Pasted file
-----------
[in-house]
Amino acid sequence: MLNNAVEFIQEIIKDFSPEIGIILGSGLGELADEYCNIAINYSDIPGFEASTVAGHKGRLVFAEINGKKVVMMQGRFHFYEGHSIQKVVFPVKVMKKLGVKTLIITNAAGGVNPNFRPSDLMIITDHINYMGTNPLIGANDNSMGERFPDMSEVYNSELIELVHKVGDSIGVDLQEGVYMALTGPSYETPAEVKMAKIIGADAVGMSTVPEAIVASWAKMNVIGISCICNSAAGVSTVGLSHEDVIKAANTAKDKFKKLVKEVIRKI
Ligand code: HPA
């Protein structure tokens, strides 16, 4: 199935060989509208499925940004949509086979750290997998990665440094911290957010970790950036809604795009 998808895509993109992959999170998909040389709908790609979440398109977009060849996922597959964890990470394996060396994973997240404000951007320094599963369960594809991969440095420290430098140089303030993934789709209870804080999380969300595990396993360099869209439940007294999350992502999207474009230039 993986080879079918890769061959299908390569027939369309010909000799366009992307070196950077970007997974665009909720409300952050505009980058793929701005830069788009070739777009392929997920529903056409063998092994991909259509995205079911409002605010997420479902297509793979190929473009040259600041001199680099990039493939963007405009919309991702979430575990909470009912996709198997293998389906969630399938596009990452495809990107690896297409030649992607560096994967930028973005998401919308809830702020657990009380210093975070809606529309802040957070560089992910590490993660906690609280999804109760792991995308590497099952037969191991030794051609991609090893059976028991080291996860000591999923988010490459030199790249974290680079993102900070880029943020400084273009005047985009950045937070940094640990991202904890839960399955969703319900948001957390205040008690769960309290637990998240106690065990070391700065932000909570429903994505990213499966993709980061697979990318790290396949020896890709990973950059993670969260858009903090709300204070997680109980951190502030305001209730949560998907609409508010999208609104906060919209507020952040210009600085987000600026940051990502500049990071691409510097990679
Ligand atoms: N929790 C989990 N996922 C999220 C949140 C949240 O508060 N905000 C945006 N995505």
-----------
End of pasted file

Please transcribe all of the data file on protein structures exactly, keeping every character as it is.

[in-house]
Amino acid sequence: MLNNAVEFIQEIIKDFSPEIGIILGSGLGELADEYCNIAINYSDIPGFEASTVAGHKGRLVFAEINGKKVVMMQGRFHFYEGHSIQKVVFPVKVMKKLGVKTLIITNAAGGVNPNFRPSDLMIITDHINYMGTNPLIGANDNSMGERFPDMSEVYNSELIELVHKVGDSIGVDLQEGVYMALTGPSYETPAEVKMAKIIGADAVGMSTVPEAIVASWAKMNVIGISCICNSAAGVSTVGLSHEDVIKAANTAKDKFKKLVKEVIRKI
Ligand code: HPA
């Protein structure tokens, strides 16, 4: 199935060989509208499925940004949509086979750290997998990665440094911290957010970790950036809604795009 998808895509993109992959999170998909040389709908790609979440398109977009060849996922597959964890990470394996060396994973997240404000951007320094599963369960594809991969440095420290430098140089303030993934789709209870804080999380969300595990396993360099869209439940007294999350992502999207474009230039 993986080879079918890769061959299908390569027939369309010909000799366009992307070196950077970007997974665009909720409300952050505009980058793929701005830069788009070739777009392929997920529903056409063998092994991909259509995205079911409002605010997420479902297509793979190929473009040259600041001199680099990039493939963007405009919309991702979430575990909470009912996709198997293998389906969630399938596009990452495809990107690896297409030649992607560096994967930028973005998401919308809830702020657990009380210093975070809606529309802040957070560089992910590490993660906690609280999804109760792991995308590497099952037969191991030794051609991609090893059976028991080291996860000591999923988010490459030199790249974290680079993102900070880029943020400084273009005047985009950045937070940094640990991202904890839960399955969703319900948001957390205040008690769960309290637990998240106690065990070391700065932000909570429903994505990213499966993709980061697979990318790290396949020896890709990973950059993670969260858009903090709300204070997680109980951190502030305001209730949560998907609409508010999208609104906060919209507020952040210009600085987000600026940051990502500049990071691409510097990679
Ligand atoms: N929790 C989990 N996922 C999220 C949140 C949240 O508060 N905000 C945006 N995505």